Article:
I never view myself as an underdog going into any fight. Even if the odds have me as an underdog, I can't let that play on my mind. It means nothing. Being an underdog or favorite isn't going to make me fight any better or worse. You've got to forget all that and just focus on the task ahead. I know how good I am and how good my opponent is, and I can guarantee that I know more about this sport than the guys who determine underdogs and favorites.
So, it comes as no surprise to learn that a lot of people are backing this kid Rory MacDonald to defeat me on Aug. 6 at UFC 133. I'm sorry, but I'm not letting a kid who still gets ID’d stand in my way of getting a welterweight title shot. A lot of these kids get a lot of hype built around them and they receive a lot of praise through potential rather than any real achievement. John Hathaway was the same, just before I beat him at UFC 120 in October. John was a very talented fighter who had just beaten Diego Sanchez, and many people expected him to just walk right through me in his hometown of London. It never happened. Instead, I went out there and dominated him for three rounds. The crowd went silent as a library and John lost his unbeaten record.
People acted surprised by what happened, but let's look at the facts for a moment. As talented as he may have been, John had never beaten a welterweight in my league up to that point. I was a better fighter than John at that stage and was also far more experienced and those experiences made me tough.
When Hathaway tried grabbing a hold of me in the first round, the kid grabbed on to a grown man and ended up getting his ass whooped. He finally knew what he was getting into as soon as he felt my man strength in that first minute. Suddenly he wasn't messing about in the paddling pool no more.
I knew right off the bat that I had Hathaway's number, and nobody could tell me otherwise. I don't give a damn if he was favorite or the best thing since King Kong. I have eyes -- and I know mixed martial arts. I watched his videos, I studied his style, and I knew it would be a straightforward win for me. Nobody believed me at the time, but I knew I was right.
Hathaway and MacDonald are two completely different fighters with completely different styles, but their prefight hype is similar. Both are highly thought of and both bring lots of attention with them. That's great for me, though, as everybody will expecting big things from Rory, only for me to then walk in and upset the applecart, just like I did with John in London. These guys are doing the hard work for me.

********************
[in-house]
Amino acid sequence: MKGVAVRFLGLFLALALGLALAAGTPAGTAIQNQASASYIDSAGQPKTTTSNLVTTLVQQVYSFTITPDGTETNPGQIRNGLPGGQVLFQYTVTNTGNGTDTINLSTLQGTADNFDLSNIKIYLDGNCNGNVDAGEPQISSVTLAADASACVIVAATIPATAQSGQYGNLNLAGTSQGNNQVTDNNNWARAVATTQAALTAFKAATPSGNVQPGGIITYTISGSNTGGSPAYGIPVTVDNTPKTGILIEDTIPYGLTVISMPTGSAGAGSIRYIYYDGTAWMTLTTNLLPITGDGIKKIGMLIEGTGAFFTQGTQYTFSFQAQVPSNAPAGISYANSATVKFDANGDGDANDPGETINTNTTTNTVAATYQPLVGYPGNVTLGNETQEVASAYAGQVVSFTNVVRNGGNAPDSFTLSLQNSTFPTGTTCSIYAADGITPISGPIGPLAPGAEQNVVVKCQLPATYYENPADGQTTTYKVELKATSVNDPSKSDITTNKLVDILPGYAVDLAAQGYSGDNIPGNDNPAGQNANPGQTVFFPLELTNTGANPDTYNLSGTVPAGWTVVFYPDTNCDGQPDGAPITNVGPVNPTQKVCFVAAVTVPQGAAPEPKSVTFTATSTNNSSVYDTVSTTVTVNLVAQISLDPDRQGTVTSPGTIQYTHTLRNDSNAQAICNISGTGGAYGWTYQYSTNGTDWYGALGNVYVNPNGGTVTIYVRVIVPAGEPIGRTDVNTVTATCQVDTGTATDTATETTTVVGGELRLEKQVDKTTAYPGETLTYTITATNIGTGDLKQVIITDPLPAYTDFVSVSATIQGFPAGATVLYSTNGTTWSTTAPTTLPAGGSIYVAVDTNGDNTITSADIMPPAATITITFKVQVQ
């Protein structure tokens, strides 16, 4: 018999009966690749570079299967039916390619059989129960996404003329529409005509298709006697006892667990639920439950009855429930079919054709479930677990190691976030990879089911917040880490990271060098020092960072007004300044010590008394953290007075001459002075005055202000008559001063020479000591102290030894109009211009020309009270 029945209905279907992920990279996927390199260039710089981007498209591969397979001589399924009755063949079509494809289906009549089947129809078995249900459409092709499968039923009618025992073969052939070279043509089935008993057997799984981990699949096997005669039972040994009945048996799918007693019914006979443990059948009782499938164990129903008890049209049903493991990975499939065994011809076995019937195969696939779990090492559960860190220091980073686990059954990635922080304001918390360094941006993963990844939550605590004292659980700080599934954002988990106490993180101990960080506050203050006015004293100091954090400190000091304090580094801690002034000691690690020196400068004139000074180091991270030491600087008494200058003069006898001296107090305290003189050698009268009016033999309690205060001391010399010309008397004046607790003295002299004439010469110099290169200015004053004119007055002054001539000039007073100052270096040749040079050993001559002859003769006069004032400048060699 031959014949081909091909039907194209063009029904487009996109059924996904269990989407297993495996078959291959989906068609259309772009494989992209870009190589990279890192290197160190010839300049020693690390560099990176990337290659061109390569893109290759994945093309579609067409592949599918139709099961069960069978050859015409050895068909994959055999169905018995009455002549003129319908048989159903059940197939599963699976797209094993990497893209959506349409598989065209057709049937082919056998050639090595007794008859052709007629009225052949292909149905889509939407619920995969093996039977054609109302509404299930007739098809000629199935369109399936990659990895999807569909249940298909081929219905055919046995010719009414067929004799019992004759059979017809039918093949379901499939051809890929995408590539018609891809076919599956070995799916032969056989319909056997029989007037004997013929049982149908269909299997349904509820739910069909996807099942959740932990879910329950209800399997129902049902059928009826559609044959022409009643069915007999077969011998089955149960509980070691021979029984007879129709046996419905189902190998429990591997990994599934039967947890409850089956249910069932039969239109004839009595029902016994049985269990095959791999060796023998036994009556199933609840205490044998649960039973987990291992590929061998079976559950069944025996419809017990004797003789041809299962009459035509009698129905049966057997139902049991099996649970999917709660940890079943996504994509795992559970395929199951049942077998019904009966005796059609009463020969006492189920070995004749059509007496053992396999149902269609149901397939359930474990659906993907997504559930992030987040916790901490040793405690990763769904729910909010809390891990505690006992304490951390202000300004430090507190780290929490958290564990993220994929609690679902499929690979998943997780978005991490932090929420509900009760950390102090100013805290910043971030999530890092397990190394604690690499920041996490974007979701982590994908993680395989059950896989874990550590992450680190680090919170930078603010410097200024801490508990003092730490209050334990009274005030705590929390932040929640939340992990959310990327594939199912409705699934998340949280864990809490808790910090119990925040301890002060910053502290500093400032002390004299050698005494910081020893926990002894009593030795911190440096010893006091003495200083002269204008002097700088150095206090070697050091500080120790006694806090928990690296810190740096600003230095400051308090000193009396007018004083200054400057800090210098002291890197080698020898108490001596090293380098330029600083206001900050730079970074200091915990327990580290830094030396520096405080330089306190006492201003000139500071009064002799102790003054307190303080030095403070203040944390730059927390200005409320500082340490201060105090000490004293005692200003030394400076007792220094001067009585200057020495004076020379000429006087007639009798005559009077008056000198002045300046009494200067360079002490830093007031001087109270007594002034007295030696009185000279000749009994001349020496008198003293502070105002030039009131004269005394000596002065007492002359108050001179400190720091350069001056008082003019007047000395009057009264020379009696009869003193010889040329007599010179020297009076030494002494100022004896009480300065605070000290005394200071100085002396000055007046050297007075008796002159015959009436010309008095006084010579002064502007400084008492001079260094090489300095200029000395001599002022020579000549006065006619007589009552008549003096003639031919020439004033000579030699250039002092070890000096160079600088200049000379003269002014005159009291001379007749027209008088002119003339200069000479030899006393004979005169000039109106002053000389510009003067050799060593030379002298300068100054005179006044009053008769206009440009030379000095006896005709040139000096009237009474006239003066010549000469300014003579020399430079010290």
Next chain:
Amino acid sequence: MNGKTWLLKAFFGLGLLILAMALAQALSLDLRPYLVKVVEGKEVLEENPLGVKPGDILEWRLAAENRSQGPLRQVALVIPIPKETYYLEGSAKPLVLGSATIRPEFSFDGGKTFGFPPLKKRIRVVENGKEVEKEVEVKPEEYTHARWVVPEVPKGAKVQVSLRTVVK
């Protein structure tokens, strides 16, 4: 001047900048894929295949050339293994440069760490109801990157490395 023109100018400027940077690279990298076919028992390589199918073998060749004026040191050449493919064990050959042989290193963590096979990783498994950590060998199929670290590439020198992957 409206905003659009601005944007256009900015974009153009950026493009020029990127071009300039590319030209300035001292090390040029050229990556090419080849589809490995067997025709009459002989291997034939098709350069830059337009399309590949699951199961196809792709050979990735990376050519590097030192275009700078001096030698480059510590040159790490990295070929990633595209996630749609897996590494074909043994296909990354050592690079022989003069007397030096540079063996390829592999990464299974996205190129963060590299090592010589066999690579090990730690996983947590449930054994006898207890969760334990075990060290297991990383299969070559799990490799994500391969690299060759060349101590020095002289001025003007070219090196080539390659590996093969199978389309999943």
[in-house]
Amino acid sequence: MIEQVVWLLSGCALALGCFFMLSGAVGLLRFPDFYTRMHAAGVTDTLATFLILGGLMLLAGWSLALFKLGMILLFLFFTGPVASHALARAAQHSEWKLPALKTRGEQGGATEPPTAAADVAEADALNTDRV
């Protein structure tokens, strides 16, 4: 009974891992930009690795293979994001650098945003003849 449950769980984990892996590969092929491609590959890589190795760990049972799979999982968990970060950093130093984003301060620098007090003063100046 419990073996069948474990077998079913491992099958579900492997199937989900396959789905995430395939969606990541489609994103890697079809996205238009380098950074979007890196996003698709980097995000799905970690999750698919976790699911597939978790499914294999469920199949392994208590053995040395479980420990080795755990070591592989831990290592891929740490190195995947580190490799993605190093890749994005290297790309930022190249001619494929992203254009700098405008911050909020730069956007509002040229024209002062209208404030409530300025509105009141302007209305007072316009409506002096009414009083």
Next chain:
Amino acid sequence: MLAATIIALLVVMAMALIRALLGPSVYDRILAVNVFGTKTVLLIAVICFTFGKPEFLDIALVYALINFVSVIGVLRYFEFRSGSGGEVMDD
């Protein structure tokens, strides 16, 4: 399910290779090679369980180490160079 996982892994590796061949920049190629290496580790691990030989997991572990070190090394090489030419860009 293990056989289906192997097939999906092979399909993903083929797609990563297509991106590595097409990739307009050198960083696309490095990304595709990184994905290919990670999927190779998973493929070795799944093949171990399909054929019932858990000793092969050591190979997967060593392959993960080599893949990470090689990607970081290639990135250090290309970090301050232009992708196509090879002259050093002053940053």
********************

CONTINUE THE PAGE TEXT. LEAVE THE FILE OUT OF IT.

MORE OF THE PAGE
The UFC like to build stars and they like to invest a lot of time and effort in these young kids coming through. It makes sense and I get it. What I don't understand, though, is why anybody would think the likes of Hathaway or MacDonald can use ME as a stepping stone to the next level. That will never happen in a million years. I am not the guy you want to face if you're carrying that kind of hype and expectancy with you.
Let's be honest, I was winning fights when Hathaway and MacDonald were rushing home from junior high to play with their Pokemon.
I've put in the work, the time and the blood, sweat and tears, and yet these kids think they can come into my office and beat me at my own game. It isn't ever going to happen. While these young fighters were leaving school and wondering what they wanted to do with their lives, I was already fighting in rings and cages up and down the country. They were thinking about doing it, and I was out there busting my ass and actually doing it. I've paved the way for these kids.
Regardless of age, I feel that I'm a much better fighter than MacDonald right now, and I'll prove that on the night. MacDonald will be in there with a bigger, stronger and more experienced fighter and he won't know what to do. I'm going to break him …